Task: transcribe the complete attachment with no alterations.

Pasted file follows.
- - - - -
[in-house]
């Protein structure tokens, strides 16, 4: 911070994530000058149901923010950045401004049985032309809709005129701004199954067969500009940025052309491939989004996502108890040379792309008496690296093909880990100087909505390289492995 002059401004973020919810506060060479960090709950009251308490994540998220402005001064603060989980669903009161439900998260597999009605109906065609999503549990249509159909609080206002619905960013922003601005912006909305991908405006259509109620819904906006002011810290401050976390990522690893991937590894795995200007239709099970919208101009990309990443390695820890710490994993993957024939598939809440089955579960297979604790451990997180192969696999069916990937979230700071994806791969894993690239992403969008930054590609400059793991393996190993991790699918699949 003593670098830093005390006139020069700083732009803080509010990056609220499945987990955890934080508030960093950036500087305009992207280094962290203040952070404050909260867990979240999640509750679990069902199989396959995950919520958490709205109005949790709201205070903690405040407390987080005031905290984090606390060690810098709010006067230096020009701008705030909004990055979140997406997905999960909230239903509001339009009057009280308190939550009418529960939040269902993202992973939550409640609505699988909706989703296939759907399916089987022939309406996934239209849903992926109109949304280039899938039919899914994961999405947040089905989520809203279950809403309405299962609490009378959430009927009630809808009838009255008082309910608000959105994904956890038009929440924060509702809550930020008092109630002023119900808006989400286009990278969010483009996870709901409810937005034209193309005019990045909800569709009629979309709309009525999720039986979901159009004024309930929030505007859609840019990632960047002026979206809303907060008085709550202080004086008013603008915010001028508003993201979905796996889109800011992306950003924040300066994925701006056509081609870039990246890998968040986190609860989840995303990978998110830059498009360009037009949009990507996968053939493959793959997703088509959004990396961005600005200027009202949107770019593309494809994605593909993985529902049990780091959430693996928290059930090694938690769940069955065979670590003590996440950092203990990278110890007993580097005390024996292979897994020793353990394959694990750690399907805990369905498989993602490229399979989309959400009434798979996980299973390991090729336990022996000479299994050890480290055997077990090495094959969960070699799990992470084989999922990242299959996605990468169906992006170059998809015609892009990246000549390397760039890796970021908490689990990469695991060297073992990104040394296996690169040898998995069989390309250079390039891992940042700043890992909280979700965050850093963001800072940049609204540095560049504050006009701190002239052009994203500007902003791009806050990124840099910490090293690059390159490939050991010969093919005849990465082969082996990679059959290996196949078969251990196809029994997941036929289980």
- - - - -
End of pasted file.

[in-house]
């Protein structure tokens, strides 16, 4: 911070994530000058149901923010950045401004049985032309809709005129701004199954067969500009940025052309491939989004996502108890040379792309008496690296093909880990100087909505390289492995 002059401004973020919810506060060479960090709950009251308490994540998220402005001064603060989980669903009161439900998260597999009605109906065609999503549990249509159909609080206002619905960013922003601005912006909305991908405006259509109620819904906006002011810290401050976390990522690893991937590894795995200007239709099970919208101009990309990443390695820890710490994993993957024939598939809440089955579960297979604790451990997180192969696999069916990937979230700071994806791969894993690239992403969008930054590609400059793991393996190993991790699918699949 003593670098830093005390006139020069700083732009803080509010990056609220499945987990955890934080508030960093950036500087305009992207280094962290203040952070404050909260867990979240999640509750679990069902199989396959995950919520958490709205109005949790709201205070903690405040407390987080005031905290984090606390060690810098709010006067230096020009701008705030909004990055979140997406997905999960909230239903509001339009009057009280308190939550009418529960939040269902993202992973939550409640609505699988909706989703296939759907399916089987022939309406996934239209849903992926109109949304280039899938039919899914994961999405947040089905989520809203279950809403309405299962609490009378959430009927009630809808009838009255008082309910608000959105994904956890038009929440924060509702809550930020008092109630002023119900808006989400286009990278969010483009996870709901409810937005034209193309005019990045909800569709009629979309709309009525999720039986979901159009004024309930929030505007859609840019990632960047002026979206809303907060008085709550202080004086008013603008915010001028508003993201979905796996889109800011992306950003924040300066994925701006056509081609870039990246890998968040986190609860989840995303990978998110830059498009360009037009949009990507996968053939493959793959997703088509959004990396961005600005200027009202949107770019593309494809994605593909993985529902049990780091959430693996928290059930090694938690769940069955065979670590003590996440950092203990990278110890007993580097005390024996292979897994020793353990394959694990750690399907805990369905498989993602490229399979989309959400009434798979996980299973390991090729336990022996000479299994050890480290055997077990090495094959969960070699799990992470084989999922990242299959996605990468169906992006170059998809015609892009990246000549390397760039890796970021908490689990990469695991060297073992990104040394296996690169040898998995069989390309250079390039891992940042700043890992909280979700965050850093963001800072940049609204540095560049504050006009701190002239052009994203500007902003791009806050990124840099910490090293690059390159490939050991010969093919005849990465082969082996990679059959290996196949078969251990196809029994997941036929289980």